How To Evaluate A Reno-And-Flip Proposition


7 minute read

February 18, 2016

I’ve long been of the opinion that flipping is dead in Toronto, given the high price of real estate, the transaction costs, and the fact that most properties that are candidates to be renovated and flipped end up selling for more than they “should.”

Last week, I took a serious look at a property that could have made a fantastic project.

Let me guide you through the process, from start to finish, with all the evaluation criteria that we used.


I’ve actually stopped getting “those calls.”

The calls that used to drive me nuts.

The calls that made me sour on the level of logic that today’s Average Joe seems to possess.

Those calls that essentially start with, “Hi David, my name is Joe, and I’m looking to buy a property in Toronto, fix it up a lil’ bit, and flip it in a few months for a good profit.”

Those calls that eventually reveal that “Joe” works a full-time, 9-to-5 job, has maybe $35,000 in savings, and wants to be a player.

Joe wants a shortcut.

Joe wants to put all his money down on the roulette wheel, but he doesn’t want his odds to be 1-in-40.  He wants them to be 40-in-40, and he wants the wheel to spin quickly so he can take his winnings and move on to the next guaranteed score.

And best of all, Joe has no experience investing in or renovating real estate.

Don’t get me wrong – real estate is a great investment, and I applaud entrepreneurs of any kind.

But the calls I used to get…

My God.

“Do you have any experience renovating houses?”  Not at all.

“Do you know any contractors, builders, tradespeople?”  Nope.

“Do you have access to capital?”  Not really.

“What are your expectations with your first project?”  At least six-figures.

The calls were insane, and part of that had to do with the incessant amount of radio and social media as for these “real estate seminars” that claim you can:

1) Make money flipping real estate
2) With none of your own equity involved
3) No risk
4) No management or involvement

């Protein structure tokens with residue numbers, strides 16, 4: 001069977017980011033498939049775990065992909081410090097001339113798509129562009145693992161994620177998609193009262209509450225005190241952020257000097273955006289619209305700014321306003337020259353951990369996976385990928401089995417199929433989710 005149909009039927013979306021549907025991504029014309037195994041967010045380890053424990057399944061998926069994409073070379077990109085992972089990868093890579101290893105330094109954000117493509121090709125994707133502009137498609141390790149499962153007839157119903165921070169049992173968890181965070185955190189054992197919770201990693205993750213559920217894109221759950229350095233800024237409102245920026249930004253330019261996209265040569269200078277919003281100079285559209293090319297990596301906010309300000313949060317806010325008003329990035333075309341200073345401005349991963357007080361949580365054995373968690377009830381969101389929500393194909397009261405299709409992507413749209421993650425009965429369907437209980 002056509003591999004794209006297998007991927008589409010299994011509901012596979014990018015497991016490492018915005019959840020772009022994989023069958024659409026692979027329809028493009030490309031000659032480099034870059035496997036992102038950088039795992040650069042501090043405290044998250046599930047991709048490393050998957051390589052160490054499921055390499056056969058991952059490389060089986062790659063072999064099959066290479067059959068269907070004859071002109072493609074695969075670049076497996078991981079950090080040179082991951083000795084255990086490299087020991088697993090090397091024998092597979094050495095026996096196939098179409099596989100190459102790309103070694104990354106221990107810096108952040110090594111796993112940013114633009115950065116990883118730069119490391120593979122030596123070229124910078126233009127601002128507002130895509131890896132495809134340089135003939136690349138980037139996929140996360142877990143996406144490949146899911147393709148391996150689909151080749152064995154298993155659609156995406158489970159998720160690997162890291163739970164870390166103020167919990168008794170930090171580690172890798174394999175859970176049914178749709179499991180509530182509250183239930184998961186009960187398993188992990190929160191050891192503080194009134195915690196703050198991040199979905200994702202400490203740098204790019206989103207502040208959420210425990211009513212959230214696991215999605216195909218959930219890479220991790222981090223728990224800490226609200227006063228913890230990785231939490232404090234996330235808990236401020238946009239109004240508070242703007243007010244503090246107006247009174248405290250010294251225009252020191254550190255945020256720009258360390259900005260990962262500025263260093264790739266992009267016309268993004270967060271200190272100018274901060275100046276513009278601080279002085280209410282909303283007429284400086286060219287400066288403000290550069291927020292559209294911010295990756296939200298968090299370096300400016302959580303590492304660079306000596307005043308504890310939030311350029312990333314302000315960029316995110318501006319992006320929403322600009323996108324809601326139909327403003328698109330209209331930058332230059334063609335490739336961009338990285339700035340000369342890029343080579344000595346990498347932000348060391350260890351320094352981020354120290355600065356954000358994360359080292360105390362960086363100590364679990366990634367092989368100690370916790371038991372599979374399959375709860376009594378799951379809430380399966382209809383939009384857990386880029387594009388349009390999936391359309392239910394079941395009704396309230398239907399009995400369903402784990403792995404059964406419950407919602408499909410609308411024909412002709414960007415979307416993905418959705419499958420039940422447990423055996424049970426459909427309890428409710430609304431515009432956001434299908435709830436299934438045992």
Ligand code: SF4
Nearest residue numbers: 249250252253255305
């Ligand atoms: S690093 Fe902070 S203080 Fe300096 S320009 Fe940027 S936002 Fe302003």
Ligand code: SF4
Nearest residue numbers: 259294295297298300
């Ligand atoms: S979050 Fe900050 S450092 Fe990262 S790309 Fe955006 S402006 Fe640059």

Yes, really.  And thus why I felt the need to produce this video, last year, just in case you never saw it:

Wow, those were fun times…

In any event, I do work with investors, and I do work with the odd person who is looking to flip a house, and last week I found the perfect property.

I can’t give you address because of the archaic and ridiculous rules that exist in organized real estate, but I don’t think they’re central to the story.

“The house” was listed for $599,900.

It was a semi-detached, 2 1/2 storey, that had three self-contained units.

It was not a legal triplex, but few in Toronto are.

The house was in absolutely miserable condition, and while some people figure a coat of paint would give it a “fresh, new look,” I figured it was a “down-to-the-studs-gut.”

So where do you start?

To evaluate the merits of this entire project, I want to know the following:

1) Likely sale price
2) Net income from three rented units
3) Prevailing cap rate in this area
4) Expected value upon completion
5) Cost of renovation
6) Profit

And away we go….

1) Likely sale price

Wow, where do we begin to come up with a likely sale price, given the condition of the property?

There’s nothing else like this for sale, and nothing that’s sold in the immediate area in the last six months.

So as is often the case, I go with the most efficient real estate tool that I know of: my gut.